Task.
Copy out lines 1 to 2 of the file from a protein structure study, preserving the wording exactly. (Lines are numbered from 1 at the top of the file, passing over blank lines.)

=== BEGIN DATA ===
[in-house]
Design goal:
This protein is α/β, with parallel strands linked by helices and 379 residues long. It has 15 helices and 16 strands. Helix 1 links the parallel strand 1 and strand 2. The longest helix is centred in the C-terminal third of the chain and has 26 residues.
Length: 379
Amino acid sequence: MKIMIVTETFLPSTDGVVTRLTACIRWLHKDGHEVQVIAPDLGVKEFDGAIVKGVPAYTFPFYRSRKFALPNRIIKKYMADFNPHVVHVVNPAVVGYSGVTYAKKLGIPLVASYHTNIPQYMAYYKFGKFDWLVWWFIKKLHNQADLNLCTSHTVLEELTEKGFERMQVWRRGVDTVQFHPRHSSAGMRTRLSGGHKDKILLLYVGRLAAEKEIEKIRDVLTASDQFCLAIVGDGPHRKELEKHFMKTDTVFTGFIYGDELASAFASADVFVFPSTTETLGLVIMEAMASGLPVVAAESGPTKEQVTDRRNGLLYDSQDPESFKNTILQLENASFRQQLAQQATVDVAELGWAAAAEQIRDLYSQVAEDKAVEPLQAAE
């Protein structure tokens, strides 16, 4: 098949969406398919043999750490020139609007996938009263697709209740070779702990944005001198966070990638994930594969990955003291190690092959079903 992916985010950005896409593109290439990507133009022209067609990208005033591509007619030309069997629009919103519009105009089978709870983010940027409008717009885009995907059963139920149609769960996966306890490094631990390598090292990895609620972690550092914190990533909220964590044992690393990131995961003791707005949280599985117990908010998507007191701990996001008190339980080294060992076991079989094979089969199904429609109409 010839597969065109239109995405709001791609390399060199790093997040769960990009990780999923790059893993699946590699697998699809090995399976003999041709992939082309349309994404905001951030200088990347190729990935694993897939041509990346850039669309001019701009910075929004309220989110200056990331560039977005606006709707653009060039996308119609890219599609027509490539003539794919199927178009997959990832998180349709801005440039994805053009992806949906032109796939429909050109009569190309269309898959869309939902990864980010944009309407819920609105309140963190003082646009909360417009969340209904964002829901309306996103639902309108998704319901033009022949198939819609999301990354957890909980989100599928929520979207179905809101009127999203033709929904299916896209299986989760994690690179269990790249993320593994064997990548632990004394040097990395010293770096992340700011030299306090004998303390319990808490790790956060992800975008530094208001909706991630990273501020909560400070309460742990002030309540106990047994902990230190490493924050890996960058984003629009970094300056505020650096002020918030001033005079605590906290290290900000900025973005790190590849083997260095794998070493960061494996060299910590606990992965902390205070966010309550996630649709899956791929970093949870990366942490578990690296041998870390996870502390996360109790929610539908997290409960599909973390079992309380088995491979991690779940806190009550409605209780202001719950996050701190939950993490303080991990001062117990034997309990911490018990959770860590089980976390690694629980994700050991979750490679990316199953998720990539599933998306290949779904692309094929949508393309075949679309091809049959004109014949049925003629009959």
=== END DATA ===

[in-house]
Design goal: